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Reviews » DVD Video Reviews » An American Werewolf In Paris
An American Werewolf In Paris
Walt Disney Studios Home Entertainment
List Price: Unknown [Buy now and save at Amazon]
Review by Aaron Beierle | posted June 23, 2001 | E-mail the Author
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The Movie:

"An American Werewolf In Paris" is, has and always will stand as one of the worst major horror films of the past several years. The only element of the film that's the least bit entertaining is that all of the characters are so incredibly stupid that things become unintentionally entertaining. The movie opens with Andy (Tom Everett Scott), Brad (Vince Vieluf), and Chris (Phil Buckman), three Americans who are on a tour of Europe. They stop in Paris and climb the Eiffel tower late at night with a little bit of alcohol and a plan to bungee jump. Already, not terribly smart.

Before Andy can make his jump, he spots Serafine(Julie Delpy), who's about to make a jump herself - only without cord. Andy jumps after her and barely saves her life, but gets a nasty bump on the head for his good deed. He's fallen in love with her, though, and sets off to find her. After he finds her and sees several very odd signs, he still manages to persue her. Late one night, she saves him from a club full of folk who are actually werewolves themselves. He's too dopey to realize what's going on - she throws a rock at him and in a deep, booming voice that is clearly not her own, warns him to run. He sits there and practically goes, "was it something I said?". A few minutes later, Andy gets bitten himself.

And, thus begins his decent into werewolf-hood. Andy finds himself in some pretty serious trouble with the local authorities and has to find a cure before they find him. But really, who cares? The movie, with its silly, one-dimensional characters and goofy dialogue, is pretty terrible. You'd think that the one place that the film could at least perform decently is the special effects, but you'd be wrong. The CGI werewolves are actually pretty awful, looking completely phony.

Performances are weak across the board, with only an exception or two. Tom Everett Scott, who was once a very promising performer with movies like Tom Hanks' directorial debut "That Thing You Do", took a few wrong moves with pictures like this one. The only real bright spot in the film is Julie Delpy, the wonderful performer from films like "White" and "Before Sunrise", who attempts to make something more out of her character than what's asked. It's a minor positive in a film full of negatives.


The DVD

VIDEO: "An American Werewolf In Paris" is one of Buena Vista's earlier titles and, as such, it's not anamorphic. Presented in 1.85:1 widescreen, this is a decent, if unremarkable presentation - some of the studio's other early titles looked better. Sharpness and detail are generally very good throughout the movie. Some of the darker scenes looked rather murky and soft, but most of the film looked at least crisp.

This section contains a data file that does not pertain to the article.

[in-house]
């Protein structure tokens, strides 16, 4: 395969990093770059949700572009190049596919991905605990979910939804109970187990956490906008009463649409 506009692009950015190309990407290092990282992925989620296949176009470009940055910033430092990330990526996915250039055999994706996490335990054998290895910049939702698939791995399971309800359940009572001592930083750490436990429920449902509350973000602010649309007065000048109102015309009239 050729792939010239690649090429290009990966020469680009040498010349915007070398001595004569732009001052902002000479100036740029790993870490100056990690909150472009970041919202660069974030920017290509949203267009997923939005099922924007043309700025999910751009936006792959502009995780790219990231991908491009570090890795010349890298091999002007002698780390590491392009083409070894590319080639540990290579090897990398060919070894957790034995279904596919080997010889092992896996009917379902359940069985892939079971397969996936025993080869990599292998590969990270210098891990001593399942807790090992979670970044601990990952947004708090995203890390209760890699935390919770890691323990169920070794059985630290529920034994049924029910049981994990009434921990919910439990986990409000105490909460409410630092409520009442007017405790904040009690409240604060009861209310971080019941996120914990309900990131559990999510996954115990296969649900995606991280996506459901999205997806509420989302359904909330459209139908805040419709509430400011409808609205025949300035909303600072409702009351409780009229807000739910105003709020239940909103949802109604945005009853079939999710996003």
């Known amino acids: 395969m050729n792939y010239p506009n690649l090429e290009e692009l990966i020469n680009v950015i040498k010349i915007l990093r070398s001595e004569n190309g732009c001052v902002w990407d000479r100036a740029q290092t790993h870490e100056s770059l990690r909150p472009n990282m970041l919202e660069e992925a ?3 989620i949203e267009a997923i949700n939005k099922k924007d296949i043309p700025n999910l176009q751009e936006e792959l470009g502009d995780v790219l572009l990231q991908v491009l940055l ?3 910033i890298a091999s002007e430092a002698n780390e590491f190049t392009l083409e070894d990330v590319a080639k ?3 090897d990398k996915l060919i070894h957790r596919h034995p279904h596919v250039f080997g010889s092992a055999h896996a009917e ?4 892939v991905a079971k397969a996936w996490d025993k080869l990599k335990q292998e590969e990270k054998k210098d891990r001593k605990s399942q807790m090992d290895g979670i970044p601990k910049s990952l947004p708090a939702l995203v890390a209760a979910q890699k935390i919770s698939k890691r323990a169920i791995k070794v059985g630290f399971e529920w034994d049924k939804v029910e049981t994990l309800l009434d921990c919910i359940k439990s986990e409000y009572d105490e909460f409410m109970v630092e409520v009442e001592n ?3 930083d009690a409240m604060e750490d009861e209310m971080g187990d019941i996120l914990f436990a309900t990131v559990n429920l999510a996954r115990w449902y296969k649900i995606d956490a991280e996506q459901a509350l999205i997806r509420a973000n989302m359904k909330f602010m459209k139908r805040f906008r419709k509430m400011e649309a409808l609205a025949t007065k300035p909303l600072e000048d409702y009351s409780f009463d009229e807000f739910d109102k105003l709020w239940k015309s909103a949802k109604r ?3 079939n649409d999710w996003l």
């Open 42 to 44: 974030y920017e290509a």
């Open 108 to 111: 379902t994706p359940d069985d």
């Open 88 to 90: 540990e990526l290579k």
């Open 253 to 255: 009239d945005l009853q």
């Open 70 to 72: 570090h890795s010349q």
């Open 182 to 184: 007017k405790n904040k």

Problems occured infrequently, but caused some distraction when visible. A few instances of noticable pixelation and edge enhancement came up, and there were some print flaws, including a couple noticable marks and scratches. A scene or two also displayed light grain.

Colors usually looked fine, if unremarkable. During some dimly lit sequences colors appeared a little bit smeared, but I didn't notice any terrible problems. This is a watchable presentation, but with this movie, why would you want to watch it?

SOUND: "An American Werewolf In Paris" is presented in Dolby Digital 5.1 and it's a pretty decent audio presentation with some occasional good jolts of surround sound to underline the "scarier" moments. There's some interesting use of the surround speakers as they come alive when Andy wakes up after getting hit on the head after the bungee jump. Voices and other sounds come through the surrounds. During the more agressive action sequences, the surrounds come into play heavily for the various sound effects with some instances (such as when Andy begins to realize that he can hear far more sharply than ever before). Some of these instances are effective, but none of them really are as strong as the sound design for a picture like "The Haunting", where sound design almost completely made up for lack of scares. Almost. Dialogue suprisingly didn't sound great for a newer film, as it didn't sound very well-integrated and was occasionally thin sounding.

MENUS:: Menus are non-animated, with very basic film-themed images serving as backgrounds.

EXTRAS: The trailer.

Final Thoughts: It's a pretty awful picture, and although the audio/video quality is halfway decent, there's nothing much to talk about on the DVD. Not recommended.

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